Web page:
The Federal Reserve and Beer Goggles plus what Financial Repression means for Apartment Building Investments

James Montier, who works at the intersection of value investing and behavioral investing (Author of ‘The Little Book of Behavioral Investing’ on Amazon among others) has a great quote in his latest white paper published by GMO Global Investment Management entitled “The 13th Labour of Hercules:Capital Preservation in the Age of Financial Repression” Note that you may have to register at the site (free).

His paper discusses the effects of financial repression on portfolio stock and bond allocations and by implication the effects on real estate and particularly  apartment building investments. Financial repression is the term used to describe central bank’s strategies for forcing interest rates to zero or negative to spur investment and spending at the expense of saving. Take it away James:

William McChesney Martin was the longest-serving Federal Reserve Governor of all time. He is probably most famous for his observation that the central bank’s role was to “take away the punch bowl just when the party is getting started.” In contrast, Bernanke’s Fed is acting like teenage boys on prom night: spiking the punch, handing out free drinks, hoping to get lucky, and encouraging everyone to view the market through beer goggles. [Emphasis mine]

The paper goes into depth on the effects of financial repression on investments, which grow the longer the repression lasts, up to twenty years. Does the phrase: “… for an extended period” ring a bell? How about QE1, QE2, QE3, and now QE-infinity?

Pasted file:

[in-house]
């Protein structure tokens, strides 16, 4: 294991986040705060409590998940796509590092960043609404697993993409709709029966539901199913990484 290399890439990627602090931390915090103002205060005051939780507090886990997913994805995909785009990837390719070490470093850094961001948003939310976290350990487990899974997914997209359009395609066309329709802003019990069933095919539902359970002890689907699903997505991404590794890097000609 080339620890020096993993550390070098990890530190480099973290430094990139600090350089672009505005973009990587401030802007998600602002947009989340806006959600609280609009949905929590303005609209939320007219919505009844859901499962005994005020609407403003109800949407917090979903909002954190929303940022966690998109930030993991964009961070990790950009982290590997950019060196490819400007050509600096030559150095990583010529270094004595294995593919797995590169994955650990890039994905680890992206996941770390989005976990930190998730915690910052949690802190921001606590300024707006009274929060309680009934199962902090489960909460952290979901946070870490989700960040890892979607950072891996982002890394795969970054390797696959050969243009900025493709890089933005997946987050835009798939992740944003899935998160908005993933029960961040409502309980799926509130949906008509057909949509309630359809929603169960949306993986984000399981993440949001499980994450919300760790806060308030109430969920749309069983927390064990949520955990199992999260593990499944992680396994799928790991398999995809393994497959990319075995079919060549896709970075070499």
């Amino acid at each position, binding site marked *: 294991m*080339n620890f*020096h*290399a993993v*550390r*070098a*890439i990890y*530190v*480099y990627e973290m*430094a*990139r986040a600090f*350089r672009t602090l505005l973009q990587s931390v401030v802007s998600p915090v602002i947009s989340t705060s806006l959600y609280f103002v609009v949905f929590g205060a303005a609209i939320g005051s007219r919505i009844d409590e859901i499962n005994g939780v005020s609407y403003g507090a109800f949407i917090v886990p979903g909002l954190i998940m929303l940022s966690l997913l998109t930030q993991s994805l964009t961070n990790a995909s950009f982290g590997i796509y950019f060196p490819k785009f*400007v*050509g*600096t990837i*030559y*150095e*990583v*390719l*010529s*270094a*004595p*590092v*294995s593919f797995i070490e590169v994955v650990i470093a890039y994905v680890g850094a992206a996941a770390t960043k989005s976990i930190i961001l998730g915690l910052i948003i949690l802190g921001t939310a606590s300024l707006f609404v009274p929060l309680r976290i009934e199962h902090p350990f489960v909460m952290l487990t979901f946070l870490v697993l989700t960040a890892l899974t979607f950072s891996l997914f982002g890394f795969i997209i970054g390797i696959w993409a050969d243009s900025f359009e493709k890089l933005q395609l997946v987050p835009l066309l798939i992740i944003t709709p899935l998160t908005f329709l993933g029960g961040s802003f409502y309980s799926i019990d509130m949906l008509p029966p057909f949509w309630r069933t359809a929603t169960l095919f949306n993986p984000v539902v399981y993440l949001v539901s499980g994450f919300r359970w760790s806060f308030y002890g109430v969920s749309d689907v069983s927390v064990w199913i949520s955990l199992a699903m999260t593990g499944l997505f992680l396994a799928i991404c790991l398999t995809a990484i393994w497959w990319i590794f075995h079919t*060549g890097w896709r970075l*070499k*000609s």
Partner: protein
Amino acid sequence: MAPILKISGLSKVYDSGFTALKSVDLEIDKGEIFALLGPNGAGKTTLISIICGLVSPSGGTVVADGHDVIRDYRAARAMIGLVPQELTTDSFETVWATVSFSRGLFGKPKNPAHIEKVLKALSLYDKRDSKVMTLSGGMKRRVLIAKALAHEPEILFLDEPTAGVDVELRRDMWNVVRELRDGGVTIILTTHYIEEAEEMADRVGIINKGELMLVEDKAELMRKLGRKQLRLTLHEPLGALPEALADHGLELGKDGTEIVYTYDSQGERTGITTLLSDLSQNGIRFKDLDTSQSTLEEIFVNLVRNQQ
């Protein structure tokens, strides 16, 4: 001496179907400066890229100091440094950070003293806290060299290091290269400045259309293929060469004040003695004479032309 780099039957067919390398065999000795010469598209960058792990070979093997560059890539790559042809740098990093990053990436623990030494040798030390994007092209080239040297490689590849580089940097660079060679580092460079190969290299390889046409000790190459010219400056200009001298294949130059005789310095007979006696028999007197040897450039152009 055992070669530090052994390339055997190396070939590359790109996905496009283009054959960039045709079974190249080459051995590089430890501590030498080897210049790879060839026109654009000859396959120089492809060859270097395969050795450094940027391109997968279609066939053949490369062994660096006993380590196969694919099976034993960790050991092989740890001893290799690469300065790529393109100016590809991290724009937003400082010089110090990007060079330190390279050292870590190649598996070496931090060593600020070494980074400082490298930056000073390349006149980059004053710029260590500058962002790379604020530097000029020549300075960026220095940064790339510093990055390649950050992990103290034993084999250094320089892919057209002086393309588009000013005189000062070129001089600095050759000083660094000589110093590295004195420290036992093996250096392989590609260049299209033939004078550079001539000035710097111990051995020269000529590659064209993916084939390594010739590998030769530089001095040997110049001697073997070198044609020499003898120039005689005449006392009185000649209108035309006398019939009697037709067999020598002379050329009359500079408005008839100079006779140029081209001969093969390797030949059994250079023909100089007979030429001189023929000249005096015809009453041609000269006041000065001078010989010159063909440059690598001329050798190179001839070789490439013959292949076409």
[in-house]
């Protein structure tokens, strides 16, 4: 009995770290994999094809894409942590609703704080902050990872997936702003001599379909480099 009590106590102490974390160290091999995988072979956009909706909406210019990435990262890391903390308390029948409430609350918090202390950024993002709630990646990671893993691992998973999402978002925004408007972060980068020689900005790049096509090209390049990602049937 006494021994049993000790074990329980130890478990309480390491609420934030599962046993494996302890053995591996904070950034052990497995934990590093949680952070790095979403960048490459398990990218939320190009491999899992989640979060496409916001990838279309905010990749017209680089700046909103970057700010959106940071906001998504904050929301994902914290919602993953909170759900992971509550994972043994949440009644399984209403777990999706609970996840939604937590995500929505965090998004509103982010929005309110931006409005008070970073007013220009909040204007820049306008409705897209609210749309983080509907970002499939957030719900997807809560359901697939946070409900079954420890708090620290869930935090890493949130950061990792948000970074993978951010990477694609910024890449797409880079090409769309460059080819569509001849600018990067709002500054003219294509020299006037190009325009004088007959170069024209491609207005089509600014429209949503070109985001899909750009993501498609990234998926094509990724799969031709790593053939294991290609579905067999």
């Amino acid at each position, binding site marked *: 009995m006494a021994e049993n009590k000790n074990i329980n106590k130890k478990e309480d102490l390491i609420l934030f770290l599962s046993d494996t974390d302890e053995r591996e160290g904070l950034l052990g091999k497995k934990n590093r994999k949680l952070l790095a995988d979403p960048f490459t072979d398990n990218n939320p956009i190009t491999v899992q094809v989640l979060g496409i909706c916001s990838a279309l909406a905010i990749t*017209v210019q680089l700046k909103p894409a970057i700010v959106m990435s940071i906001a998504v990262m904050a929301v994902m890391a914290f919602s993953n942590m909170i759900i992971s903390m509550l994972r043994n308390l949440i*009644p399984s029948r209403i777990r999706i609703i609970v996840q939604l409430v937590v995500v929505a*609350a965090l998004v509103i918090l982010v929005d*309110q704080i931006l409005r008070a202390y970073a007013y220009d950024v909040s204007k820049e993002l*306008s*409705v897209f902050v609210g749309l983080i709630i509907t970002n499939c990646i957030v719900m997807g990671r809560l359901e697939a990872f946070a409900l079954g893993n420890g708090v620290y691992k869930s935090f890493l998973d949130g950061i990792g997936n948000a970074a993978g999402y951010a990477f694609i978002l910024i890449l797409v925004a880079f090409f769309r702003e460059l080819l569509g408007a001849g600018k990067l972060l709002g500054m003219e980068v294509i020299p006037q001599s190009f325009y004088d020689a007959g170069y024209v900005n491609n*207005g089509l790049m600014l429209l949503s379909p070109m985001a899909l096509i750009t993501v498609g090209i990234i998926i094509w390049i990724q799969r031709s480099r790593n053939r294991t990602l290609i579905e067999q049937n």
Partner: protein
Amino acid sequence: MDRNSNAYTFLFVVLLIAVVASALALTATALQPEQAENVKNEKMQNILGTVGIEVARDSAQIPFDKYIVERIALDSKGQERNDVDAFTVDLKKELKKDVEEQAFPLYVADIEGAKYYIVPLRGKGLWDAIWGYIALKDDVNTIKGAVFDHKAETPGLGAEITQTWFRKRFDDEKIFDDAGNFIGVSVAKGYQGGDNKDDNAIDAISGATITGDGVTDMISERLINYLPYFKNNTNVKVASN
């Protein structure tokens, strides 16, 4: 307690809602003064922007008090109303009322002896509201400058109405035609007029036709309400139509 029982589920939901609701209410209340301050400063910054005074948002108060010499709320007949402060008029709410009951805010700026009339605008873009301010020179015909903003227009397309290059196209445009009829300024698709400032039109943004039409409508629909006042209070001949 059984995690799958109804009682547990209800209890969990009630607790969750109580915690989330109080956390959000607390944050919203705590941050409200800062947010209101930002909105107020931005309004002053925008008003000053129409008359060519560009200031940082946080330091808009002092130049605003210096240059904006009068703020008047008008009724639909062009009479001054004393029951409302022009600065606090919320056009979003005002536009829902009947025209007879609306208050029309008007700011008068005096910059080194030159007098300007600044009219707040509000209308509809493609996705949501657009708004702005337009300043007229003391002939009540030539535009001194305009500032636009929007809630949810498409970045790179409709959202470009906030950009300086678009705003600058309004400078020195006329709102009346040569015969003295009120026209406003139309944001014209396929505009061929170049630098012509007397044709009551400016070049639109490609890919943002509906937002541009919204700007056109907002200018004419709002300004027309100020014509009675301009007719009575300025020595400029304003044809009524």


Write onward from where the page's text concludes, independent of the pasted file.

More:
Financial Repression and Apartment Building Investment
Source: James Montier, GMO


Apartment buildings are the real estate equivalent of Continue reading The Federal Reserve and Beer Goggles plus what Financial Repression means for Apartment Building Investments

The shape of the entire yield curve drives #CRE pricing, not single Treasury rate- CBRE Econometrics

Research out from CBRE Econometric Advisors shows that the typical risk-free benchmark rate, the 10 year Treasury, does not accurately reflect the cost of capital risks in asset pricing for commercial real estate. The whole yield curve or ‘term structure’ should be used instead. Highlights from their report:

  • Our research shows that it is not a single risk-free rate that drives asset pricing, but rather the entire term structure of interest rates (also referred to as the shape of the yield curve; we use these terms interchangeably). This term structure effect is so strong that relying upon a single benchmark rate in one’s analysis (as is typically done by analysts and investors) is inappropriate. We will demonstrate this below, using our empirical model of cap rates.

Cap Rates vs Yield Curve for Capartment building investment pricing